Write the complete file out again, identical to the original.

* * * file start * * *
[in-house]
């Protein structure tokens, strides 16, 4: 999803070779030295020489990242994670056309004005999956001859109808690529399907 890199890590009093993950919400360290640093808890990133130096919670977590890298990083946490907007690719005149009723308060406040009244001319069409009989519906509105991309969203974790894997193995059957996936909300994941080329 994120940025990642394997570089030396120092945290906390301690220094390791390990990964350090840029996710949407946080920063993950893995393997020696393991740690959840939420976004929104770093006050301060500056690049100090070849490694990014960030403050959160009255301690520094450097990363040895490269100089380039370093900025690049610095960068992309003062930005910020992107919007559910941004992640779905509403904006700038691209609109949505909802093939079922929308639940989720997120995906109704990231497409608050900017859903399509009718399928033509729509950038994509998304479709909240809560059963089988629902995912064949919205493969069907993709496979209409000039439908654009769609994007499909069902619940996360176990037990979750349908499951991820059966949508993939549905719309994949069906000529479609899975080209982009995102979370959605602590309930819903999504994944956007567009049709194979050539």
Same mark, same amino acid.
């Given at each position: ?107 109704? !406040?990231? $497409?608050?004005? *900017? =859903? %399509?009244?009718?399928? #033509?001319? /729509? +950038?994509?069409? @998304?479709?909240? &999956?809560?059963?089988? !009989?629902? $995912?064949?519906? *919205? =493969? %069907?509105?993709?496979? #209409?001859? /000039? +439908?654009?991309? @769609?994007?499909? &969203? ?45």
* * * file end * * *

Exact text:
[in-house]
């Protein structure tokens, strides 16, 4: 999803070779030295020489990242994670056309004005999956001859109808690529399907 890199890590009093993950919400360290640093808890990133130096919670977590890298990083946490907007690719005149009723308060406040009244001319069409009989519906509105991309969203974790894997193995059957996936909300994941080329 994120940025990642394997570089030396120092945290906390301690220094390791390990990964350090840029996710949407946080920063993950893995393997020696393991740690959840939420976004929104770093006050301060500056690049100090070849490694990014960030403050959160009255301690520094450097990363040895490269100089380039370093900025690049610095960068992309003062930005910020992107919007559910941004992640779905509403904006700038691209609109949505909802093939079922929308639940989720997120995906109704990231497409608050900017859903399509009718399928033509729509950038994509998304479709909240809560059963089988629902995912064949919205493969069907993709496979209409000039439908654009769609994007499909069902619940996360176990037990979750349908499951991820059966949508993939549905719309994949069906000529479609899975080209982009995102979370959605602590309930819903999504994944956007567009049709194979050539």
Same mark, same amino acid.
């Given at each position: ?107 109704? !406040?990231? $497409?608050?004005? *900017? =859903? %399509?009244?009718?399928? #033509?001319? /729509? +950038?994509?069409? @998304?479709?909240? &999956?809560?059963?089988? !009989?629902? $995912?064949?519906? *919205? =493969? %069907?509105?993709?496979? #209409?001859? /000039? +439908?654009?991309? @769609?994007?499909? &969203? ?45």